Cheneal was awarded the UQ Early Career Researcher Grant for 2019, for the project Promoting referrals to a free and evidence-based smoking cessation program among smokers released from smoke-free prisons in Queensland. 

Approximately 74% of Australians entering smoke-free prisons are smokers, and while they are forced to quit smoking in prison due to smoking bans, Cheneal's PhD found that nearly all resume smoking upon release. People released from prison are eligible for a free smoking cessation program where they can receive free nicotine patches and behavioural counselling from Quitline, yet uptake of this service is negligible, representing a missed opportunity to improve the health of a marginalised population.

Researcher biography

Dr Cheneal Puljevic is the Research Operations Manager for the Centre for Research Excellence on Achieving the Tobacco Endgame (0.8FTE), and a Research Fellow at the Centre for Health Services Research (0.2FTE) at The University of Queensland.

In her role with the Centre for Research Excellence on Achieving the Tobacco Endgame, Cheneal manages and contributes to projects on tobacco endgame policies. Her primary research interest is smoking cessation among disadvantaged populations, in particular among people who have experienced incarceration. Following a number of publications from her PhD on this topic, she is the world's leading author on the topic of Prisons and Smoking Bans (SciVal, June 2022).

At the Centre for Health Services Research, she is the Program Manager for the Global Substance Use and Mental Health unit, where she conducts and manages a number of research projects related to substance use, including the Queensland evaluation of the Tackling Alcohol-Fuelled Violence Policy (QUANTEM), a NIH-funded project on the impacts of roadside breath testing, and several projects using data from the Global Drug Survey. These projects cover a wide variety of topics, such as changes in alcohol and cannabis use following COVID-19 restrictions, perceptions of alcohol warning labels, cannabis use patterns, and patterns of methamphetamine "cooking".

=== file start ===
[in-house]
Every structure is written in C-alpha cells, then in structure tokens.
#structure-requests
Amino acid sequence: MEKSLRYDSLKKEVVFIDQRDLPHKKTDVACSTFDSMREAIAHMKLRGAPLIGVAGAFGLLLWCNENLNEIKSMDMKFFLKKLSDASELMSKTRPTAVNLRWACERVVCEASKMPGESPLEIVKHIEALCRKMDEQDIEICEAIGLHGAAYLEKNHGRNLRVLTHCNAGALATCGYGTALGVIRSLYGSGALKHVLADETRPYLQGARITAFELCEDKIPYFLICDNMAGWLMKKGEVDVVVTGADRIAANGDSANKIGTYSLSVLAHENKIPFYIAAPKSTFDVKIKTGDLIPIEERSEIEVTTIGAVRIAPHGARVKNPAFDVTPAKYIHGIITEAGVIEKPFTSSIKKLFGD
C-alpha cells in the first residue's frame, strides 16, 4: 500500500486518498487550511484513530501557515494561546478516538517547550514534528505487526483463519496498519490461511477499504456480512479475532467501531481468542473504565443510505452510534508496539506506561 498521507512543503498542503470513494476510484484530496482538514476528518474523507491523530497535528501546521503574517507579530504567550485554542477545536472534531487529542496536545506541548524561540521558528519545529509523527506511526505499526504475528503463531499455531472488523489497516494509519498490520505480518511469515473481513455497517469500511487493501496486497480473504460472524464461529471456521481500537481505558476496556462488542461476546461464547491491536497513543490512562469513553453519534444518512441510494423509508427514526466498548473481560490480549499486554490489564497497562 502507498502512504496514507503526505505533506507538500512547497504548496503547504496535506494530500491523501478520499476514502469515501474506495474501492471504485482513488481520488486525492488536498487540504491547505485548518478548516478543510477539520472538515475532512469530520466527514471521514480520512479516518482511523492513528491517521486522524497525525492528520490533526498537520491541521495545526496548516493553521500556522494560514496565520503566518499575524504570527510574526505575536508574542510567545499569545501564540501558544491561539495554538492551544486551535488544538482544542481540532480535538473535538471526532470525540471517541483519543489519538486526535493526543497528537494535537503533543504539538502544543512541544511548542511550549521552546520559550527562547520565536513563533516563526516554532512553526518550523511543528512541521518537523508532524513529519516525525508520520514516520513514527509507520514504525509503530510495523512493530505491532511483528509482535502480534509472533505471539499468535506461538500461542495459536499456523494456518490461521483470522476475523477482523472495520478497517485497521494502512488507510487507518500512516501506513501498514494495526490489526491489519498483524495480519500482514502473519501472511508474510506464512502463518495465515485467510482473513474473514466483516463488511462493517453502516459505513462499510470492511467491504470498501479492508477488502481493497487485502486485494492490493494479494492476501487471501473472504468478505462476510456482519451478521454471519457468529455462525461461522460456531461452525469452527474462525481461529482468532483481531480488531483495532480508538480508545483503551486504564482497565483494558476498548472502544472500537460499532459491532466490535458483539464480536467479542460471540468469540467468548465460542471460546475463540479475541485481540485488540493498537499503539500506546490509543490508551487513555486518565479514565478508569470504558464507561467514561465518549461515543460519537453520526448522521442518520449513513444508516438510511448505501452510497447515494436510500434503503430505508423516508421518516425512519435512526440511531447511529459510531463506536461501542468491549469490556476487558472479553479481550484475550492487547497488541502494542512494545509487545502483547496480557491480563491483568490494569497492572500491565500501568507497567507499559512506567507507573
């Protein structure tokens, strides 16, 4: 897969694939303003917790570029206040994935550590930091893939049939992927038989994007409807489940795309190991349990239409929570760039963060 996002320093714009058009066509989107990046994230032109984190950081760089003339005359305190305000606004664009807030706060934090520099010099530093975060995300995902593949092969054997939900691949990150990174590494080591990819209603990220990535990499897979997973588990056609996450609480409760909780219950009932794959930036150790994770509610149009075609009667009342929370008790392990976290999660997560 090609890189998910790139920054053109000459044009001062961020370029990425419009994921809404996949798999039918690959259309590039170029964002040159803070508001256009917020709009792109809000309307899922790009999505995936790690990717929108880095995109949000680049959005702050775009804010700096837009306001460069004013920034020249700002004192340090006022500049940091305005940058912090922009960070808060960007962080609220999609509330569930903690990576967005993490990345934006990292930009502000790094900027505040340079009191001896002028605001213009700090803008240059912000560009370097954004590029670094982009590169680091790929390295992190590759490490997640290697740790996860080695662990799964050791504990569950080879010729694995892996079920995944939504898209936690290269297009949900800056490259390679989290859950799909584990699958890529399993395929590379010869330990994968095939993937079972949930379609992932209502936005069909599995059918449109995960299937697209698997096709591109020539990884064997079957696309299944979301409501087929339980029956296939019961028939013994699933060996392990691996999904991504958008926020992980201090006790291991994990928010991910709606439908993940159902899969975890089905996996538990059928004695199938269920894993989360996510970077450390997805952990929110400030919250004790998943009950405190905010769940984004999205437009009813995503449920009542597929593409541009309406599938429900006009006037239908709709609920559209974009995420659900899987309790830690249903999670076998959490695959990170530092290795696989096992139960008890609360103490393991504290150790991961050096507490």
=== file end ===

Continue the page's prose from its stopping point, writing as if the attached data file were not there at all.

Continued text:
In 2022, Cheneal was awarded the School of Public Health's prize for the top performing Level B academic in a research-focused position. In 2020 Cheneal was awarded the Australasian Professional Society for Alcohol and Other Drugs (APSAD)'s Early Career Award. In 2019 Cheneal was awarded the Centre for Health Services Research's Outstanding Early Career Researcher award.

Cheneal has previouly been employed as Research Fellow at the Institute for Social Science Research at The University of Queensland, and as a Lecturer in the School of Public Health at The University of Queensland. She completed her PhD in 2018 at Griffith Criminology Institute at Griffith University, and completed an Honours degree in Psychology at the University of Cape Town in 2011.

Cheneal is available to supervise honours, Masters and HDR students on a variety of topics; please get in touch to discuss.